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I got an HP notebook off someone who is no longer alive. For some reason it's BIOS locked. I managed to solved that problem, then during reboot it asked for "unlock disk sda3_crypt".

I can't get any info from friends or family for what the password is.

How do I get past this?

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    Do you need to see the contents of the system? If you do not: format the system. – Rinzwind Dec 31 '20 at 11:59
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The encrypted volume cannot be unlocked without the decryption key. It's impossible to access any data on this partition without proper authentication.

You will need to format (erase) the volume to be able to use it.

There is a disk formatting tool called "Disks" that can be used from a live session of Ubuntu. This will allow you to format the volume or the entire disk.

To use a live session of Ubuntu, boot from Ubuntu installation media and choose the "Try Ubuntu" option.

Then open the "Disks" application. To format the whole disk, select the disk on the left and choose the "Format Disk" option from the hamburger menu on the top right.

Since this device is "new to you", it is best practice to wipe all of the hard drives this way before installing an operating system. This will ensure that you don't inherit any malware or other software problems.

If you just wanted to format that partition, select the disk and sda3 and choose "Format Partition" underneath "Additional partition options".

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  • I would personally keep an image of the disk for a year or two, just in case the passphrase turns up somewhere (in a will, safe deposit box, cloud service, etc) and the family might want to try to recover data. But I'm a nice guy. – Michael Hampton Dec 31 '20 at 22:16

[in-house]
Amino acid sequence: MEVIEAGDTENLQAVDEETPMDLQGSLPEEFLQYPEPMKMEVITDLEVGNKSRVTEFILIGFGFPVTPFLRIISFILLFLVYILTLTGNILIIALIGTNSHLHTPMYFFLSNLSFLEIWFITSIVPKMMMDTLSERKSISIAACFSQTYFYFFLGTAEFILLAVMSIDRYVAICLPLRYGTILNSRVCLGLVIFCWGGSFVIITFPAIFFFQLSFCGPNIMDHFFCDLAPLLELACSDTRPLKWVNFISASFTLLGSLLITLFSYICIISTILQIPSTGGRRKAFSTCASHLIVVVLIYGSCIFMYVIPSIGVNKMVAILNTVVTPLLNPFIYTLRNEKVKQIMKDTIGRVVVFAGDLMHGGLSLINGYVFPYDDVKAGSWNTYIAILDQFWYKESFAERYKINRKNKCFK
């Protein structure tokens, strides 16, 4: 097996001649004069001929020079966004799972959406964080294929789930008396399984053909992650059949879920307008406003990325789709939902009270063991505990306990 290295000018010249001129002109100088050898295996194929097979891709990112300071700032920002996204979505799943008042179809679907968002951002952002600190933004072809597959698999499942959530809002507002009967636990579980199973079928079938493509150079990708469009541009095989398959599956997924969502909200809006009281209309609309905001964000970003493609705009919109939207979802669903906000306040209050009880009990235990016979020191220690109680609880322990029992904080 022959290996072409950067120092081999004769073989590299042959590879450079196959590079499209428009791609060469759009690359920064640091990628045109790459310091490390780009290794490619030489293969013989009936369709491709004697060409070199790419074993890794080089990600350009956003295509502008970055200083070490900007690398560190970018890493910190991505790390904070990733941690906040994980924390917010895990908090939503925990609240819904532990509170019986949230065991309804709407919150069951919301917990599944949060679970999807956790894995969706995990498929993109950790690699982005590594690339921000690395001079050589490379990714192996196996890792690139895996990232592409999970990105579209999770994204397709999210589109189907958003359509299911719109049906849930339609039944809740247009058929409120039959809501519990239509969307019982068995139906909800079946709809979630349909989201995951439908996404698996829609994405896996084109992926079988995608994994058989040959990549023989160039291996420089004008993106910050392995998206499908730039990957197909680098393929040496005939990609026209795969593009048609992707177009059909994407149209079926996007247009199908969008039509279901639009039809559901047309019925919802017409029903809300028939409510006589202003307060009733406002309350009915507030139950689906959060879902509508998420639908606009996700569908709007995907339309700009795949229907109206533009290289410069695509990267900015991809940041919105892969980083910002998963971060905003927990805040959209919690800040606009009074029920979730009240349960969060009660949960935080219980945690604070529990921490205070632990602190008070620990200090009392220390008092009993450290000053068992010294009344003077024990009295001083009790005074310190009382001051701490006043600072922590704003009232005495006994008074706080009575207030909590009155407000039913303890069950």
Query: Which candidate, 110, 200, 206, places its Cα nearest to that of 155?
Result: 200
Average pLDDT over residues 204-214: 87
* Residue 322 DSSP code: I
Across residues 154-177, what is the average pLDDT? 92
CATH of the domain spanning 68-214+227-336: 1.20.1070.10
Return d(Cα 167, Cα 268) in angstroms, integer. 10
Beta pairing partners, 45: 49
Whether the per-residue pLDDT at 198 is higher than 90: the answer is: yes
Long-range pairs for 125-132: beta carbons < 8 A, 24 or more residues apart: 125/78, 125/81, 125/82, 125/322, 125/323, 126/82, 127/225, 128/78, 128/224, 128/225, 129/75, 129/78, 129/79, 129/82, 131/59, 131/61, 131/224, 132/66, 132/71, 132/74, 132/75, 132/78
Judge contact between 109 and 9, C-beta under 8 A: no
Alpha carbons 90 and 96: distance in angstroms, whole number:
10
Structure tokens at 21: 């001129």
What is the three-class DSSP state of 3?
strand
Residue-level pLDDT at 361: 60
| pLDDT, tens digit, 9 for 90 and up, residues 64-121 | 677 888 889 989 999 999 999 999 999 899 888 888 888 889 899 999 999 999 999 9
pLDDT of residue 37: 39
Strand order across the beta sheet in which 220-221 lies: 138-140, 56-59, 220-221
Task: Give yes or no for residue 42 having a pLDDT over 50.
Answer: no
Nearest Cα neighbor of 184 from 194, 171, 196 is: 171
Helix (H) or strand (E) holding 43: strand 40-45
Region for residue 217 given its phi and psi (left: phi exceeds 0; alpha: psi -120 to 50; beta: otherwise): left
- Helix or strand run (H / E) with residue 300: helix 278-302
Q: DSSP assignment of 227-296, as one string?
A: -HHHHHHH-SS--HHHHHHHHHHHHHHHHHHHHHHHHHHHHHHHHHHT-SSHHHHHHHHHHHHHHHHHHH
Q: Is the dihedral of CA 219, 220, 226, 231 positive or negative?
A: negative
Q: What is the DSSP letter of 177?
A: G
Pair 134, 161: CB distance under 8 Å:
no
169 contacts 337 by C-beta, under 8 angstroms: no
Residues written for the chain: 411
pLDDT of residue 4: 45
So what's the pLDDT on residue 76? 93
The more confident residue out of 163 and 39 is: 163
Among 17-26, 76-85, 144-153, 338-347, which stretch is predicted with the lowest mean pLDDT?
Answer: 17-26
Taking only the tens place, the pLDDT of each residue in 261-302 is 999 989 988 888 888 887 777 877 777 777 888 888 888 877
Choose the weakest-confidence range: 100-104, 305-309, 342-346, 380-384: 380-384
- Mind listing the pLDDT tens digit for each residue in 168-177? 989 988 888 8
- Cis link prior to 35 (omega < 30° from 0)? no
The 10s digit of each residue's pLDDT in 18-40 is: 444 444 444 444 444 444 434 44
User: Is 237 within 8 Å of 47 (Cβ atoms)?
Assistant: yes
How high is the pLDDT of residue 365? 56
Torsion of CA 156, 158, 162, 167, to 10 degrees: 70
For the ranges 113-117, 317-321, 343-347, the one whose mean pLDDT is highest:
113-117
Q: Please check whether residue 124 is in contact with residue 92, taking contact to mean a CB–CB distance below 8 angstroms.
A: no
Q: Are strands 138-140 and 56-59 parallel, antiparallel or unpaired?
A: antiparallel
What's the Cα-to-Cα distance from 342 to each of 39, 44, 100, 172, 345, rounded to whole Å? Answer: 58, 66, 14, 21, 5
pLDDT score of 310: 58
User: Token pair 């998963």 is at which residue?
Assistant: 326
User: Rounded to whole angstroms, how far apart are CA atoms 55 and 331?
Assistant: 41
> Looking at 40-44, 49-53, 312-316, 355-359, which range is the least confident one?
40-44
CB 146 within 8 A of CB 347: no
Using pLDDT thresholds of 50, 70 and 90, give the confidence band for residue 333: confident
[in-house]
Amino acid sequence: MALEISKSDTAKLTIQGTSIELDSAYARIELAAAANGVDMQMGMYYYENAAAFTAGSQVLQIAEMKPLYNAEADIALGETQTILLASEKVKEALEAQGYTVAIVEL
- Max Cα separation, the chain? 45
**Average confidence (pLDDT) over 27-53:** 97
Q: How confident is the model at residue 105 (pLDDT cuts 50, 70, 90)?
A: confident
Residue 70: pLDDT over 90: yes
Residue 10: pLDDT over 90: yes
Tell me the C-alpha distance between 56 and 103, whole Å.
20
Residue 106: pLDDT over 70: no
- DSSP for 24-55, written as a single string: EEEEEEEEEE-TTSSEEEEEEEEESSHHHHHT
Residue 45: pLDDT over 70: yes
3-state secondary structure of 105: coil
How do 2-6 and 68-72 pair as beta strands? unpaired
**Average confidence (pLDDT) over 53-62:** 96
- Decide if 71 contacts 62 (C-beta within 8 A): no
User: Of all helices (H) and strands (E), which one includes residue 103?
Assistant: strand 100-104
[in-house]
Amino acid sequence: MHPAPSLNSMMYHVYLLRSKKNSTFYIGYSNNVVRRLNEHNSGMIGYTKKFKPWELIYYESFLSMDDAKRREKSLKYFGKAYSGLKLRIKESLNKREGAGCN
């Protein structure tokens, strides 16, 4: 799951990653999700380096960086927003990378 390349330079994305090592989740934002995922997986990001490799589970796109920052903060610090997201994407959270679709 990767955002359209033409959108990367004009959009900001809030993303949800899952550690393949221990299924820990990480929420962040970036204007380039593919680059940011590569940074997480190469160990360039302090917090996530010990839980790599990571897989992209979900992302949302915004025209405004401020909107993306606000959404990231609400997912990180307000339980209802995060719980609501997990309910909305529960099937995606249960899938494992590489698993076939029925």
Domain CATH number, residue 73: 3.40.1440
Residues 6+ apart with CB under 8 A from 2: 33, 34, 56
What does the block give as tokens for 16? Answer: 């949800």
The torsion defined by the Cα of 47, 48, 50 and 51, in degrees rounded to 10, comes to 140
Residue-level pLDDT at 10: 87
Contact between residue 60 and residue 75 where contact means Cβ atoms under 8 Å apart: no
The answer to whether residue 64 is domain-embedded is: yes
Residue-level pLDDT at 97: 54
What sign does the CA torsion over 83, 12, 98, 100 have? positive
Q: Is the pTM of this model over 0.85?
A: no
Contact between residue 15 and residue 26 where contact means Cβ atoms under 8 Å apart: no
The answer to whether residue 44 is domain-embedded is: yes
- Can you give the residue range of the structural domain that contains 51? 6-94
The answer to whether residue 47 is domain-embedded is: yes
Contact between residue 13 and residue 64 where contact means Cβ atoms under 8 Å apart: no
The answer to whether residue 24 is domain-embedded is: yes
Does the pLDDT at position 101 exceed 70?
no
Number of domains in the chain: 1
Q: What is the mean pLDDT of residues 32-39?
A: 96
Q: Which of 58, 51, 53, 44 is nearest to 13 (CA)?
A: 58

• @Martin - LUKS encryption cannot be broken or hacked into. You either have the credentials to unlock, or you don't. That's the whole point of encryption! You may not like the answer, but it is what it is.. If OP wants to use the volume, it needs to be formatted, or they will need to enter the correct decryption key See: askubuntu.com/questions/97196/… – Nmath Jan 1 at 0:44
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Don't format the partition, when you'd be looking to retrieve the data,
but try bruteforce-luks, while having the power supply connected.
When it's just a simple password, your chances are pretty good.

The number of threads depends on how many threads the CPU has;
and be aware, that the default -s doesn't contain special characters.

This also could be run off live Linux ...it's only a matter of time.

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  • This is a highly unethical answer suggesting to use unethical hacking methods. If the original owner of the laptop went through the effort to use full disk encryption, they clearly did not want other people to access the contents. The way the question is worded, we don't know that OP actually has any relationship to this person, only that they asked family for the password. Even if OP is family, why should the original owner's wishes be invalidated on death? Read the question: OP has only asked how to continue and never asked how to access the data. – Nmath Jan 1 at 16:23

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